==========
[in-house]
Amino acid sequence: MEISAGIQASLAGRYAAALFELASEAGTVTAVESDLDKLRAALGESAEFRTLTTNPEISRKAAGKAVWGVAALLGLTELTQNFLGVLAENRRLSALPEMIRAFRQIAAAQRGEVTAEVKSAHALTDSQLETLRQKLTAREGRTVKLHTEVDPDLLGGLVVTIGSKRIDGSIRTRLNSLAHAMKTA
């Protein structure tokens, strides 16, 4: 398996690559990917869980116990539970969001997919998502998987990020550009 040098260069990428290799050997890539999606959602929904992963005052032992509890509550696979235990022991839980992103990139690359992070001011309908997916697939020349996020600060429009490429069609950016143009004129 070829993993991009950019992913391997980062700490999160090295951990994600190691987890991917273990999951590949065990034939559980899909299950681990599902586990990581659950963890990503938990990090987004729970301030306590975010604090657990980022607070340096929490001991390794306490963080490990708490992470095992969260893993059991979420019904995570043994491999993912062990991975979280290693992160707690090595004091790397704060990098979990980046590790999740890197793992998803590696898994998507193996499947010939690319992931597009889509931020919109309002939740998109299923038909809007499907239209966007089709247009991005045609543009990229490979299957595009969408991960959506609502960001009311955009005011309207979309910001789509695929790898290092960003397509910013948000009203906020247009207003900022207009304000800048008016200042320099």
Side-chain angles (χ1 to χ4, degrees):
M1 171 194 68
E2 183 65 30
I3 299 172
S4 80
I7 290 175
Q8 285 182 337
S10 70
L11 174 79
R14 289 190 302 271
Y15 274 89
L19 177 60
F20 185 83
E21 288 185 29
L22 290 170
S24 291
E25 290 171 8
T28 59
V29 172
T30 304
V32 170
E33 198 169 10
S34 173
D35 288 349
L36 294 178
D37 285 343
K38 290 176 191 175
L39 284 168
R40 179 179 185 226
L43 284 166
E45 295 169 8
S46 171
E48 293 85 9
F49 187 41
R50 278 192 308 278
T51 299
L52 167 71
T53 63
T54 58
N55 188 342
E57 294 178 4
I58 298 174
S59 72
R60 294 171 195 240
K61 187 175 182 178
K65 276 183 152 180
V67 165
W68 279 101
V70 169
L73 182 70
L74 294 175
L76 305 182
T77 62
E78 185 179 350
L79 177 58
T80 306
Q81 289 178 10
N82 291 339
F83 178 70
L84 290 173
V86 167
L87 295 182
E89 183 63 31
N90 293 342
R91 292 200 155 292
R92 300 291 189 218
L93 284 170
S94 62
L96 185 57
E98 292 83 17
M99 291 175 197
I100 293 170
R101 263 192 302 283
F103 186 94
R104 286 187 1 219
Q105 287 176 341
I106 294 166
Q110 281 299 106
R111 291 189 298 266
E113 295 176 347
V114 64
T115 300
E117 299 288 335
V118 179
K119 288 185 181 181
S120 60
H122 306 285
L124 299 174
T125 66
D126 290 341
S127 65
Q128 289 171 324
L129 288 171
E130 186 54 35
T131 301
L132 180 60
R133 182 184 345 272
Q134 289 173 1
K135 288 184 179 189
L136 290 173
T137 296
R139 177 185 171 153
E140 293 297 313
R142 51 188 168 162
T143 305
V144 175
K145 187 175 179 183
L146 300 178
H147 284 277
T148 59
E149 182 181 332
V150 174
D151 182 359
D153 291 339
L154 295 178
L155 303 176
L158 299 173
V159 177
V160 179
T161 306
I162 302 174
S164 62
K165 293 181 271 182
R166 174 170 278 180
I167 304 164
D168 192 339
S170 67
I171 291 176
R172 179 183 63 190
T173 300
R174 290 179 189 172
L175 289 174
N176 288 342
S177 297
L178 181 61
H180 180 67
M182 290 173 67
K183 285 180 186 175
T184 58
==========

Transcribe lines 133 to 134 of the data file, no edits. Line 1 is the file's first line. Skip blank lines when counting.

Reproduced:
T173 300
R174 290 179 189 172